Experiencing Interruptions?

To See A Lighthouse

After the death of a friend, our narrator steals a laptop and starts to explore its contents. As he does so, he starts to realise the meaning of friendship, loss, mourning and humanity in the digital age.

  • Will McConnell
  • Will McConnell
  • David Bell
    Key Cast
  • Michelle De Silva
    Key Cast
  • Project Type:
    Experimental, Short, Web / New Media
  • Genres:
    Drama, arthouse, experimental, found footage
  • Runtime:
    34 minutes 19 seconds
  • Completion Date:
    December 13, 2019
  • Production Budget:
    0 GBP
  • Country of Origin:
    United Kingdom
  • Country of Filming:
    United Kingdom
  • Language:
  • Shooting Format:
  • Aspect Ratio:
  • Film Color:
  • First-time Filmmaker:
  • Student Project:
  • Belfast Film Festival 2020
    United Kingdom
    March 5, 2020
    World Premiere
    Official Selection
Director Biography - Will McConnell

Will McConnell (b. 1983, Northern Ireland) is a filmmaker and visual artist working in documentary, music video and commercials since 2007.

His commercial client list includes The British Council, The London 2012 Olympic Commitee, the British Museum, Universal Music Group and Diageo. Since 2009 Will has also curated a music video blog 'Bandwidth Sessions' where he has filmed and edited live music sessions with artists such as Foy Vance, Ash and the National.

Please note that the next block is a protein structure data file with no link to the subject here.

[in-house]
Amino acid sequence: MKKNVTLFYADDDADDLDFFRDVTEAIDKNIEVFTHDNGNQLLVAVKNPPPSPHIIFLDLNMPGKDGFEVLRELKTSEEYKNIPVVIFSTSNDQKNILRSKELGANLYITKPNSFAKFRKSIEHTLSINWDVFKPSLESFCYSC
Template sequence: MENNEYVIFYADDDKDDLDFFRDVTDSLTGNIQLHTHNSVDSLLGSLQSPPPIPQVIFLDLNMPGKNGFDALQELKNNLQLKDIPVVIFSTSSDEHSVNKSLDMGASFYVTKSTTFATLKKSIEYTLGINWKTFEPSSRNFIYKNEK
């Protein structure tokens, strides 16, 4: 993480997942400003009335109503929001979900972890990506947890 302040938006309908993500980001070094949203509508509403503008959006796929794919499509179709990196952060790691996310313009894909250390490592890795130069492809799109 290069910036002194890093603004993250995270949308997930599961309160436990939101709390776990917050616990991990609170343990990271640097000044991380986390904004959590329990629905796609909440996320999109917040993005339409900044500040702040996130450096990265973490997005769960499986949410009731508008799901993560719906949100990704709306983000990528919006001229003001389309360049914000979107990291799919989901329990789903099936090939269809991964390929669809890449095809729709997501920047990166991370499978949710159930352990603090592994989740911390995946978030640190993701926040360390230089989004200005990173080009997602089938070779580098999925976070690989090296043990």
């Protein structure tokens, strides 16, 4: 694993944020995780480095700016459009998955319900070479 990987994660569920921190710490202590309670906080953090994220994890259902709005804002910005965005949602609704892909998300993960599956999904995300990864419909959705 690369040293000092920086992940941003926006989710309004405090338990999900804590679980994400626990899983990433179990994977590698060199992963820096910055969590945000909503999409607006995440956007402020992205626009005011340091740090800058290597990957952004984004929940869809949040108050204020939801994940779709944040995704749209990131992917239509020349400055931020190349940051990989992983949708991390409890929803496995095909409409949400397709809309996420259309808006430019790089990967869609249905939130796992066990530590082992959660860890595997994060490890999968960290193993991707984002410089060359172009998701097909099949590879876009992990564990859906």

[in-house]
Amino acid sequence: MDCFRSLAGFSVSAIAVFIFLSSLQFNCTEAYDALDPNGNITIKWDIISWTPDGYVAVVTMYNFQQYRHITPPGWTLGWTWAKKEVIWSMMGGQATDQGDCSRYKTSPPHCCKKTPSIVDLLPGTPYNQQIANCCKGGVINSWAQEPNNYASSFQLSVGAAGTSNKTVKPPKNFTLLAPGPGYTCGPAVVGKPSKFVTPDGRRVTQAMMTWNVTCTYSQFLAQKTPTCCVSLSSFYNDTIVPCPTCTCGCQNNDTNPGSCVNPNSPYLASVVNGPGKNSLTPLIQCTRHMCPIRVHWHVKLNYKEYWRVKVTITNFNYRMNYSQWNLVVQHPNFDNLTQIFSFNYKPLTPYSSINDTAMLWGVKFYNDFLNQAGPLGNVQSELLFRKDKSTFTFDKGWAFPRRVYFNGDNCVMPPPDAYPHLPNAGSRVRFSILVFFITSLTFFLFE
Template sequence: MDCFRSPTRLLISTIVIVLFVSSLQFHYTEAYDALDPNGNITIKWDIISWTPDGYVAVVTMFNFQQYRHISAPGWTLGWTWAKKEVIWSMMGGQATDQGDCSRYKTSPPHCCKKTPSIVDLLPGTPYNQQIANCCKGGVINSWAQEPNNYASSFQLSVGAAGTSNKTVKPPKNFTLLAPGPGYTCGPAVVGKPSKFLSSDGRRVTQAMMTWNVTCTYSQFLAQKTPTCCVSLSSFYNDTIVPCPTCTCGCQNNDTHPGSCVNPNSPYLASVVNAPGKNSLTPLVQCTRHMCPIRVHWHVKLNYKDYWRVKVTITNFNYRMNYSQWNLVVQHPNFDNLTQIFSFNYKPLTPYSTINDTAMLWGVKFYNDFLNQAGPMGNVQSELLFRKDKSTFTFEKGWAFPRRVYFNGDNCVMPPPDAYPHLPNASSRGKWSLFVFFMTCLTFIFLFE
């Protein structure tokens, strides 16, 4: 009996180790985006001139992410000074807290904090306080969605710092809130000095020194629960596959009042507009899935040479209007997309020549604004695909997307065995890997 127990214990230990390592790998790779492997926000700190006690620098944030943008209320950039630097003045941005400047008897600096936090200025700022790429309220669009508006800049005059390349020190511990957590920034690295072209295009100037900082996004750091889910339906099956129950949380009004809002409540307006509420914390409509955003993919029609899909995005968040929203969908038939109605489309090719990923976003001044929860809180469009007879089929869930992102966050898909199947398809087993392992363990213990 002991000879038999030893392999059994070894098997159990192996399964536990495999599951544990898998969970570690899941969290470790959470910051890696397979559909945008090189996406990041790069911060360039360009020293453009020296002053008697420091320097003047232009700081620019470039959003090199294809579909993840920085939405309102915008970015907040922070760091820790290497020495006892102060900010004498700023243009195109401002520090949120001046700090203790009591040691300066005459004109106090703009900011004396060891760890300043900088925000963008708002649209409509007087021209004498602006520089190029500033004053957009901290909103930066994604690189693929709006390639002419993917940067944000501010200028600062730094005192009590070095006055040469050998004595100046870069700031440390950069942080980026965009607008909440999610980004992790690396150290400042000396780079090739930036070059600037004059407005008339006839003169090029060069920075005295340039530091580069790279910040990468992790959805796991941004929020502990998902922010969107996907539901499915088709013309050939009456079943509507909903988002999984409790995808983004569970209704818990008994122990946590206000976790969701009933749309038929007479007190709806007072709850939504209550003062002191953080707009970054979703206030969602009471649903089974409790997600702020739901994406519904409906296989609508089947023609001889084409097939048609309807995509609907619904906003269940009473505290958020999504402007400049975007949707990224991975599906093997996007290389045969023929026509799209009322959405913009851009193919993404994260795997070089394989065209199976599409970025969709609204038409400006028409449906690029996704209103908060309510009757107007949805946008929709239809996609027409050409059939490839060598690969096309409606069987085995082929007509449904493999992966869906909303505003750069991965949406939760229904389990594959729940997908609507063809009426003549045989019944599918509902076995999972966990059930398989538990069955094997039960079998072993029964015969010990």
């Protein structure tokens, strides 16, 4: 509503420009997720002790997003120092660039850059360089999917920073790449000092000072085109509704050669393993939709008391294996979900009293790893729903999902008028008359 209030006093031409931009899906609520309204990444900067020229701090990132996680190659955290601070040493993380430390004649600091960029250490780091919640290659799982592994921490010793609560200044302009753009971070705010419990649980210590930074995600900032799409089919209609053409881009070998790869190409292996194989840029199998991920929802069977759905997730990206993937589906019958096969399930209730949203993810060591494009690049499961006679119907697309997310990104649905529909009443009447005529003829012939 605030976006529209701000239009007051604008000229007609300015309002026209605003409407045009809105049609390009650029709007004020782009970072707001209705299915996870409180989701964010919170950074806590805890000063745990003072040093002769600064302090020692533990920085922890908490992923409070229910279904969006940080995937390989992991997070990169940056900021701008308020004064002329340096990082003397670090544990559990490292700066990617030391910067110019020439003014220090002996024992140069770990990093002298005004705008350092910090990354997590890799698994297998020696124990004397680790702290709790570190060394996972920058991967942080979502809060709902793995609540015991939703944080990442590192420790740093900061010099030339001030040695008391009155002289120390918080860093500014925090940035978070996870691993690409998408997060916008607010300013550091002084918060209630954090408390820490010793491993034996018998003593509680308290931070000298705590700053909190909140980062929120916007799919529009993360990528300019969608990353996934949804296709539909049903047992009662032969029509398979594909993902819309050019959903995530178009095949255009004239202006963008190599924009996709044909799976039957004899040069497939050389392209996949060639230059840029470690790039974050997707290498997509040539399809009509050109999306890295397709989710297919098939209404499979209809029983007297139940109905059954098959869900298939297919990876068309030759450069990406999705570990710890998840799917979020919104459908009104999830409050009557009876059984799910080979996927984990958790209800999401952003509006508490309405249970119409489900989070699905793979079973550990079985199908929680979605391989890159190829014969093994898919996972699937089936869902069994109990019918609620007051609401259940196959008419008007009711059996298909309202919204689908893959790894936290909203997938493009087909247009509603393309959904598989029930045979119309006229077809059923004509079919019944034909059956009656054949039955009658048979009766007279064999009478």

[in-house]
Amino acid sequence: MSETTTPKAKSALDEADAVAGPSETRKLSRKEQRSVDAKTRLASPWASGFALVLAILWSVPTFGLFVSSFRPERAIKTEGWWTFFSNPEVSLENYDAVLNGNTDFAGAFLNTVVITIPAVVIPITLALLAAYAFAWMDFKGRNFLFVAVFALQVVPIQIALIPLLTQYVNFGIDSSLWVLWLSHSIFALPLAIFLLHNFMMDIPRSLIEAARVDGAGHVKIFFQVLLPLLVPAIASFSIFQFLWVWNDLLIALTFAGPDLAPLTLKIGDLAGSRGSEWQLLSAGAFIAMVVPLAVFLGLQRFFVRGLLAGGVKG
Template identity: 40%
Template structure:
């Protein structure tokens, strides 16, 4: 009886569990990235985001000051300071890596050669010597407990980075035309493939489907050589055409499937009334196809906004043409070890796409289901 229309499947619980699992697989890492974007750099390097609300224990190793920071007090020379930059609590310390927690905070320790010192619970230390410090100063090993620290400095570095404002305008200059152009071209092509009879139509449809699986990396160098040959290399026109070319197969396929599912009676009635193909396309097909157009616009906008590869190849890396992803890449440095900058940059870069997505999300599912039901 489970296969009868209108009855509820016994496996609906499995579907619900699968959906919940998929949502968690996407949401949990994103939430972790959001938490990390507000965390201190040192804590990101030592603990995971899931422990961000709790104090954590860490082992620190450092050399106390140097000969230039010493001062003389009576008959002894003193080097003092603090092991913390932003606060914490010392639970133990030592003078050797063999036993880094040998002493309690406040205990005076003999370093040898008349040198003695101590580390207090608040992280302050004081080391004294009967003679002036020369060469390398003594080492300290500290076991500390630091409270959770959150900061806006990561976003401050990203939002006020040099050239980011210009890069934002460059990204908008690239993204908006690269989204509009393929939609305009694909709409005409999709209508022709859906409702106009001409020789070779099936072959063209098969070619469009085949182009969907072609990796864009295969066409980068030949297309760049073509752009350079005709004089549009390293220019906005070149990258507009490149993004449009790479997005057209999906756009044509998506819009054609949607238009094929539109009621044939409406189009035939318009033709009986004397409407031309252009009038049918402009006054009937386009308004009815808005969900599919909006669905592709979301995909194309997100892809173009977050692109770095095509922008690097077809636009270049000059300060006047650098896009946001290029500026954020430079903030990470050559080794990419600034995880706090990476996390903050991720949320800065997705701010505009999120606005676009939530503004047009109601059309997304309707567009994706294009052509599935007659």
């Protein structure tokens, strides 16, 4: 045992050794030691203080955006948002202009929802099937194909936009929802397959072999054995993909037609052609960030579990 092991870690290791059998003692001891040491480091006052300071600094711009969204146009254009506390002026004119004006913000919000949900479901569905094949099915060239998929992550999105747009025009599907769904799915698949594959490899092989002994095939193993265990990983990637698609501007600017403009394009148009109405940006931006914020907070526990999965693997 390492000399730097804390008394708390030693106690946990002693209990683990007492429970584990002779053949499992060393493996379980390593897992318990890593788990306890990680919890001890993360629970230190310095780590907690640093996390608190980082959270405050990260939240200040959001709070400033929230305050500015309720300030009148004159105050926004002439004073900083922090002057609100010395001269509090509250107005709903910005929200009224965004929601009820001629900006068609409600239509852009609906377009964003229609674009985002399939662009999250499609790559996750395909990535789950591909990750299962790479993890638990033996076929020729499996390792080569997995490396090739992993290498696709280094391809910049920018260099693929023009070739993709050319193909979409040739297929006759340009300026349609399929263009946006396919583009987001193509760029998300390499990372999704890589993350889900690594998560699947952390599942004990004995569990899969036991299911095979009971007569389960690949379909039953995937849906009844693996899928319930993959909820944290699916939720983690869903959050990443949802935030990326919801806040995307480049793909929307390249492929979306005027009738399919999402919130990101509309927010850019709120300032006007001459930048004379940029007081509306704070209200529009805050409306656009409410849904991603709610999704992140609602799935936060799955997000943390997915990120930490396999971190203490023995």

Since graduating from the MFA program in Fine Art at Ulster University in 2017, he has been working in experimental video.

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Director Statement

'To See A Lighthouse' emerged from an arthouse documentary series I began in 2017 called 'Dreamland', which explored the human experience in a technological world.

This film takes a deliberately narrative turn from that series though. There are dramatic elements recreated by actors. The story, about a friend who dies and leaves his laptop behind for me to see, is entirely fictional.

But it's also part-documentary. I use this story as a launching point to talk about themes that interest me: life & death, morality, art, and urban space - in a digital age.

I made this film with no money and no resources, which I allowed to dictate the form. I became aware of an indie film genre called 'Screencap' which is a new kind of found footage film, made entirely by capturing the images on the computer screen, and I realised this is the way this film had to be made. Which I'm glad about, because if I had had thousands of pounds to make a film I wouldn't have made this film at all.

As a director I've always been interested in the point where technology and spirituality meet, and I often quote Arthur C. Clarke's 3rd rule of science fiction: "any sufficiently advanced technology is indistinguishable from magic". In many ways this is the most spiritual film I've made to date. I call it an email to God.

It's a hard film. It was very hard to write, and very hard to edit, but I know that in the pain of writing I exorcised feelings of loss and isolation that I was feeling in my life at that time. In the depths of writing hell, when I couldn't see how this story was going to work, I started to imagine a lighthouse, which literally guided me through to the end of the story. So at the film's conclusion there's a sense of healing and relief. I hope as a viewer you feel that too when watching it.